“We owe you a massive debt of gratitude for your gracious hospitality, your professionalism and your friendship. You really have been simply the best and we thank you unreservedly.”

The tally of 43 countries on the medal table is the biggest in athletics for more than 20 years, underlining the diversity and depth of talent in the sport. Across all Olympic sports at the Tokyo Games, 93 teams earned medals, so almost 50 percent of those achieved their dreams in athletics.

For 12 teams – Bahamas, Bahrain, Botswana, Burkina Faso, Ethiopia, Grenada, Jamaica, Kenya, Morocco, Namibia, Puerto Rico and Uganda – athletics was their pathway to the Olympic podium.

ALL GOLD: Joint gold medalists Gianmarco Tamberi of Italy, left, and Mutaz Essa Barshim of Qatar during the men’s high jump victory ceremony Photo By Ramsey Cardy/Sportsfile via Getty Images

In total, athletes at the Games covered a combined distance of 2,045,750 metres in track events and 10,737km in road events. Field eventers threw a combined distance of 1508 metres and jumped a combined distance of 2490 metres.

While the platform was set for many record-breaking performances, the Tokyo 2020 Games will also be remembered for its surprise results, close contests, next generation breakthroughs and moments of fair play.

Among the new stars who shone on the global stage were teenagers Athing Mu and Keely Hodgkinson, who claimed respective gold and silver in the women’s 800m at the age of just 19.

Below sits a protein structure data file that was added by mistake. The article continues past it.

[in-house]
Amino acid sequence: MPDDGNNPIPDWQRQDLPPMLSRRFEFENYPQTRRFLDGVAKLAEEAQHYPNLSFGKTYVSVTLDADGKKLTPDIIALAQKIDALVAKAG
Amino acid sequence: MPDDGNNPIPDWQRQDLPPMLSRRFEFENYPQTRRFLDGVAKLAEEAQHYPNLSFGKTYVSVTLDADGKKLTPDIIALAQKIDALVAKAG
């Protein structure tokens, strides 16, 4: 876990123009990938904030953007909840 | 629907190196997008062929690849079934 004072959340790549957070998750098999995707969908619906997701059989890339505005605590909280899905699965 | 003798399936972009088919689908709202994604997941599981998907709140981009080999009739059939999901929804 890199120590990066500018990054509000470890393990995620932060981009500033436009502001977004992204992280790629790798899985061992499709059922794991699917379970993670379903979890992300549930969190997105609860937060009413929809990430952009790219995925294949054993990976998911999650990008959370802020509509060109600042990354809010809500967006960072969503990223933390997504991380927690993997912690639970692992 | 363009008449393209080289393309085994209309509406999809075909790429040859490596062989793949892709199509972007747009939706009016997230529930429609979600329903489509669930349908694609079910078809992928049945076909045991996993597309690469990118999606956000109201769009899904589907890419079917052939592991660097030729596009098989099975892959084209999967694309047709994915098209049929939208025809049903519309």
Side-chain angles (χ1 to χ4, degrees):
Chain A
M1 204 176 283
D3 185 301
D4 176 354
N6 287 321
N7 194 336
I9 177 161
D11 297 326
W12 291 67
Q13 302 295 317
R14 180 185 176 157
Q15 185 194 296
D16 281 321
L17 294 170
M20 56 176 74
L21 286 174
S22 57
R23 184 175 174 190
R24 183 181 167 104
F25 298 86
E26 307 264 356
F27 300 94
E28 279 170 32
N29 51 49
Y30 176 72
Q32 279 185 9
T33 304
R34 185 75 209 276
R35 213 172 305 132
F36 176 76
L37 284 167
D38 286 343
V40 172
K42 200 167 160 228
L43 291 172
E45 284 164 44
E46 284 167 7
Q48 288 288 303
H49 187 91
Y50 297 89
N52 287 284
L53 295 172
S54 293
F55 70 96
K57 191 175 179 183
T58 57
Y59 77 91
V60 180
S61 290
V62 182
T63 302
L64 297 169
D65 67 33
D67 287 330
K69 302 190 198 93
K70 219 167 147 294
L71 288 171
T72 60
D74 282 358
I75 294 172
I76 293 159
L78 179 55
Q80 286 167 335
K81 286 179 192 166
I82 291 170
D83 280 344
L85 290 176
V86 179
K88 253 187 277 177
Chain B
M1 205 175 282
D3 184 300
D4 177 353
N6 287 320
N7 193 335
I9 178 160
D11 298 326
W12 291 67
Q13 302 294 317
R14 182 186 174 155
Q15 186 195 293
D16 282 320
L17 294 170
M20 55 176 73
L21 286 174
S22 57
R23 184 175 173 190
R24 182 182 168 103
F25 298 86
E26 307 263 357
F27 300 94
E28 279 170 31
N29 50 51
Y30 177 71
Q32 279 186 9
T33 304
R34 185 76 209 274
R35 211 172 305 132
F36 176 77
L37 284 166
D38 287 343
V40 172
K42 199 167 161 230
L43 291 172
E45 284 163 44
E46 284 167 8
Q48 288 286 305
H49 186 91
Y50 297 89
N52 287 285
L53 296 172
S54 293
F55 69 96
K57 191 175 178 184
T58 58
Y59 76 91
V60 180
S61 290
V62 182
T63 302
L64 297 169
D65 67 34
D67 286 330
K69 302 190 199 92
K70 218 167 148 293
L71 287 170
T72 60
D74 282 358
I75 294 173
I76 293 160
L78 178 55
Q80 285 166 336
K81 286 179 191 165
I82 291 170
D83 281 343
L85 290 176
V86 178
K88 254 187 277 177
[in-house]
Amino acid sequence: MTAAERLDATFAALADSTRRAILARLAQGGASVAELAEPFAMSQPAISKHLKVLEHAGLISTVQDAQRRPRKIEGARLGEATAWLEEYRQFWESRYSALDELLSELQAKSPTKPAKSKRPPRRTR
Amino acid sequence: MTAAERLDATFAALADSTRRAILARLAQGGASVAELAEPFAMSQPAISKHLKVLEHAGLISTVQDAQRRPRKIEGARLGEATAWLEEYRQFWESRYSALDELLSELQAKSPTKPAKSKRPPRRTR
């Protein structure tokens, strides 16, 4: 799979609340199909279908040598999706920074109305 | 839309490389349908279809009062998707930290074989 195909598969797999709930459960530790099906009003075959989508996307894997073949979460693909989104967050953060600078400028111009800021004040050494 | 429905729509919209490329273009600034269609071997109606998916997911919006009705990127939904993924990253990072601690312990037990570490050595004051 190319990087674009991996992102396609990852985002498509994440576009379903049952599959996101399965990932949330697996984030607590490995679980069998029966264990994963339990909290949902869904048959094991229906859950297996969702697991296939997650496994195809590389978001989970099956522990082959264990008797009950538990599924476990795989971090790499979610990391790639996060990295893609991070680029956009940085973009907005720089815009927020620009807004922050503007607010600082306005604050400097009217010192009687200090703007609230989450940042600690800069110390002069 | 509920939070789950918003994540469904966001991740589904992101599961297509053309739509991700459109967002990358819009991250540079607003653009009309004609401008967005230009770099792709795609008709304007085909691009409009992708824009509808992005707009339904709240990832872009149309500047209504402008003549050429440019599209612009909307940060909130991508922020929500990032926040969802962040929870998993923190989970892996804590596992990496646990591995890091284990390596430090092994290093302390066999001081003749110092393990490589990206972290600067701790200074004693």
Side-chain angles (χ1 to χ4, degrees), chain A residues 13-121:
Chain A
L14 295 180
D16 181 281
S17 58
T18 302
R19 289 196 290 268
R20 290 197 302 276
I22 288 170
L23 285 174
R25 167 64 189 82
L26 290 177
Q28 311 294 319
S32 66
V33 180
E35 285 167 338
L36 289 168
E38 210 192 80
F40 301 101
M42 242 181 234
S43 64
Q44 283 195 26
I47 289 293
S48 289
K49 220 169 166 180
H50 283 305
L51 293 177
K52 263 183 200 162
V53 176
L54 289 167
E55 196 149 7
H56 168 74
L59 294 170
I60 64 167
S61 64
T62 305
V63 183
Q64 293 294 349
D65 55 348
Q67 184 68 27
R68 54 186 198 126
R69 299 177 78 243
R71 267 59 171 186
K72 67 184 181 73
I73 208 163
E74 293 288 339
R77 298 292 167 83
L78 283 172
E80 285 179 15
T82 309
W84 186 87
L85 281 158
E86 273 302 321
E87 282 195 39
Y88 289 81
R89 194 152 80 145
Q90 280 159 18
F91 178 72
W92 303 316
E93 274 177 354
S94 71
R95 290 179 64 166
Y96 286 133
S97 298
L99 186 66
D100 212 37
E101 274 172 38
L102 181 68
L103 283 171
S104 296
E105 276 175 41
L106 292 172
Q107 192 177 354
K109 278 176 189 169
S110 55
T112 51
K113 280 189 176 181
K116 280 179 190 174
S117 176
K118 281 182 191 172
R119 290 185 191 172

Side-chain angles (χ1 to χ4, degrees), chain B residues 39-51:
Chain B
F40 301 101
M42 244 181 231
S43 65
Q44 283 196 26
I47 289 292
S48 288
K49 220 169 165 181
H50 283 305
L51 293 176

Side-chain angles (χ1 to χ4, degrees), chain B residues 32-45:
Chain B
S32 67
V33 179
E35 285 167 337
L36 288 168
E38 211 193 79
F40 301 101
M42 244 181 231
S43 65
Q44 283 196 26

Fourteen athletes under the age of 23 won medals, six of them gold, to underline the exceptional talent coming through the sport.

Meanwhile, one of the most heart-warming moments of the Games came in the men’s high jump when Qatar’s Mutaz Barshim and Italy’s Gianmarco Tamberi – friends and rivals who battled the same career-threatening injury to make it to Tokyo – decided to share the gold.

All of these moments helped to engage and inspire fans around the globe. World Athletics’ social media channels (Twitter, Facebook, Instagram and TikTok) received 14 million engagements during the duration of the Games, and content on Twitter, Facebook, Instagram and YouTube receiving 155 million impressions.

For the first time, World Athletics also provided a second screen experience – Inside Track Tokyo 2020 – which enabled fans to join celebrities, experts and families online as they shared their reactions live while following the excitement of the Games.

Source: voice-online.co.uk

Climate change could lead to switch of event dates, suggests Coe

Rising summer temperatures worldwide could lead to a major rethink about when major sporting events are held, Sebastian Coe, President of World Athletics said on Sunday after another brutal day for athletes in the men’s marathon.